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Had similar problems with Jade last year, we found by accident that metronidazole helped a bit as she had awful teeth but far too old/wobbly for treatment (we adopted her aged 15).

Have you tried Country Hunter tinned foods? Jade would eat them sometimes but in the end she survived on beef burgers, chicken goujons and baked sweet potatoes ! Home cooking is probably the way to go, trial and error - as others have said, whatever he fancies. Good luck x
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mokee
post 7th Jul 2017, 8:33 pm
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I'd be inclined to go back to the vets and ask them to do some tests to find out why your dog is off their food. Dogs don't just stop eating for no reason, a blood test would show if there were some problem with kidney or liver damage, at the very least.

When one of my old girls went off her food the vet put her on mirtazipine, which is a human antidepressant but also an appetite stimulant.
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Barneyblue2
post 8th Jul 2017, 2:42 pm
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I'm sorry your old dog is feeling less inclined to eat, but it happens to us all in old age generally.
My OES used to like tripe with some dried kibble mixed in. She also loved steak and kidney bought raw from the butcher as human pie filling as an occasional treat.
More recently, my Goldie who I lost at Christmas aged 16 only wanted boiled rice and cooked (roast) chicken with the occasional tin of Chappie for the last few months. My vet said that he would be fine on this indefinitely.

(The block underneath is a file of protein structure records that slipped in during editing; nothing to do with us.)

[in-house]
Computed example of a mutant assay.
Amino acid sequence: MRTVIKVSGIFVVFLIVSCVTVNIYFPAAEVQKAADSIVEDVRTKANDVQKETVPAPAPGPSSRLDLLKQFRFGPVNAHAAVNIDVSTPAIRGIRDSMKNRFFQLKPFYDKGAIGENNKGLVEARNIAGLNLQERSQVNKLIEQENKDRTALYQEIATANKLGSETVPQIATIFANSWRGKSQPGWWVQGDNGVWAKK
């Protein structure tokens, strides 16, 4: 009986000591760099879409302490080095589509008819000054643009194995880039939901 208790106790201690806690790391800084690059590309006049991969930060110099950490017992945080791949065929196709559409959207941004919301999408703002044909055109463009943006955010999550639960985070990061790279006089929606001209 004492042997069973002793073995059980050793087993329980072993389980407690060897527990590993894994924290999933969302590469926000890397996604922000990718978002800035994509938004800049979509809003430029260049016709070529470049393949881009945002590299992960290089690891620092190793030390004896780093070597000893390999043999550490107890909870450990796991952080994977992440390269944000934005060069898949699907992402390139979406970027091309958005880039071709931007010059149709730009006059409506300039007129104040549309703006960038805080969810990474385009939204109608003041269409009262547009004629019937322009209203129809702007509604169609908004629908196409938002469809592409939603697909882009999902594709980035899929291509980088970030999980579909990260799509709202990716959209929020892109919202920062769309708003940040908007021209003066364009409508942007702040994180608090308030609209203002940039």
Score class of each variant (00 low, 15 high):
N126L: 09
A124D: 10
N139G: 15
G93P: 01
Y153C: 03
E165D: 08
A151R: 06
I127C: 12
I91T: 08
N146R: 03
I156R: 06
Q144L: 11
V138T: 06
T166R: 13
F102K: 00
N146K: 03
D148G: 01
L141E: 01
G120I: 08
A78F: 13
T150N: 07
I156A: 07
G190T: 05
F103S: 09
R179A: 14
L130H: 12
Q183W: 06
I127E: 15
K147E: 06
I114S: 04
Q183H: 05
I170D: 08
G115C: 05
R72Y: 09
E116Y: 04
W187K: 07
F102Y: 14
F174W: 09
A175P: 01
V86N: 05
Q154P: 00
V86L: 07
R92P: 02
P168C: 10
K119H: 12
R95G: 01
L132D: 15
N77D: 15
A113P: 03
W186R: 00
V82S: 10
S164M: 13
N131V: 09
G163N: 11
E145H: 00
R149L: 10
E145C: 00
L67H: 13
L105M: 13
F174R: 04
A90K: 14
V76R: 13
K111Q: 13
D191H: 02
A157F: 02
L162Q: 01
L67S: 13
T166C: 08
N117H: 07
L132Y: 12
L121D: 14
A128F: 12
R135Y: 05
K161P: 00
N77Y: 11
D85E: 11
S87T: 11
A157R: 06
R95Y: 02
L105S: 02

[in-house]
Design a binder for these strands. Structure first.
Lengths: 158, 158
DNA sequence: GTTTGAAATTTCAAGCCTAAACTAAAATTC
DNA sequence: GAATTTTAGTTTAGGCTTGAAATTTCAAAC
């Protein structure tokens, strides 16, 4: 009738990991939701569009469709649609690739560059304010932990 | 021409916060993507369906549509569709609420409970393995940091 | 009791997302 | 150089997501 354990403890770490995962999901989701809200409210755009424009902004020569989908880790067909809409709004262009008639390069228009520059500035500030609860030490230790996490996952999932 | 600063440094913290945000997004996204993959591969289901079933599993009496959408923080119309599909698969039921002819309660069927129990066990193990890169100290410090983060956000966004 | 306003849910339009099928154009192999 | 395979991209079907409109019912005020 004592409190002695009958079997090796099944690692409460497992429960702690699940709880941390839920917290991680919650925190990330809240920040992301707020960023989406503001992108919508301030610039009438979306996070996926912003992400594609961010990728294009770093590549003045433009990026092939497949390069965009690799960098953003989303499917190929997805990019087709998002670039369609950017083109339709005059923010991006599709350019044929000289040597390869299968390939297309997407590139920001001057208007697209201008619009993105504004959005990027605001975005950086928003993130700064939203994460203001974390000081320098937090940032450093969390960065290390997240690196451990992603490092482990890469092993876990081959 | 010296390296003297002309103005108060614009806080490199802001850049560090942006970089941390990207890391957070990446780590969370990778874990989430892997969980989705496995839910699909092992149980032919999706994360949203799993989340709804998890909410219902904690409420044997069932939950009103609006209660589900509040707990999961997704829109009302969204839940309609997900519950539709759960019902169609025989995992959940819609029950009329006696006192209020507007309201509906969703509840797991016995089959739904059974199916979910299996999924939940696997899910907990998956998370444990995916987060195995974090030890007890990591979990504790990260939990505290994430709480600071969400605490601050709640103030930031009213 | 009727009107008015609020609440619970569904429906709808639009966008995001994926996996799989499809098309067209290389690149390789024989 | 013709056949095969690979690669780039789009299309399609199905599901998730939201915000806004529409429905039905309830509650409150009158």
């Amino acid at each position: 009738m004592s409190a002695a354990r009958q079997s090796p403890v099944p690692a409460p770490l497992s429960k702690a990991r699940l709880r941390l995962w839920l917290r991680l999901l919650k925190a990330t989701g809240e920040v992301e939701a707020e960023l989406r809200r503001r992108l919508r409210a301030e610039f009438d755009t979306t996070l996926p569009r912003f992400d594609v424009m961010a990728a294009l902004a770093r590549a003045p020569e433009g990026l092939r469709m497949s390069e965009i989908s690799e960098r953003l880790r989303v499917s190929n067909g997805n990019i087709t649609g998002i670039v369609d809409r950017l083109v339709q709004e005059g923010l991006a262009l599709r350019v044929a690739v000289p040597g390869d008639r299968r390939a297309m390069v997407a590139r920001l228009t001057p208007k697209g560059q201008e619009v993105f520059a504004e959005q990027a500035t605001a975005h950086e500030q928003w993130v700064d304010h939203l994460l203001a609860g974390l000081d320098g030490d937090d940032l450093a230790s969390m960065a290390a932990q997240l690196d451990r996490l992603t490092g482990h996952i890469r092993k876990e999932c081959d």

I agree with others that you should probably forget all you know about the best nutrition etc. Your older dog doesn't have the same needs as a younger one and will probably choose whatever he likes best and I'd allow him.
If you feel that there is more to this than meets the eye, and he seems unwell then by all means, take him back to the vet for more tests, but if it is just a case of an old dog slowing down and no longer wanting food for growth and energy, then go with the flow. I always indulge my old dogs (within the realms of safe foods of course) wub.gif wub.gif wub.gif
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daftdog
post 8th Jul 2017, 2:51 pm
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Dont know if this may be of some help, I noticed my 13 year old Jack Russell wasnt eating so much, was leaving food in her bowl, I put her bowl on a shoe box, her head is now in line with her body and shes now eating everything out of her bowl again. She wasnt showing any signs of neck trouble but there was something that was bothering her which only seemed to cause a problem with her putting her head down to eat, she still isnt showing any sign of pain anywhere, runs around fine, plays etc but is eating better now the bowl is raised.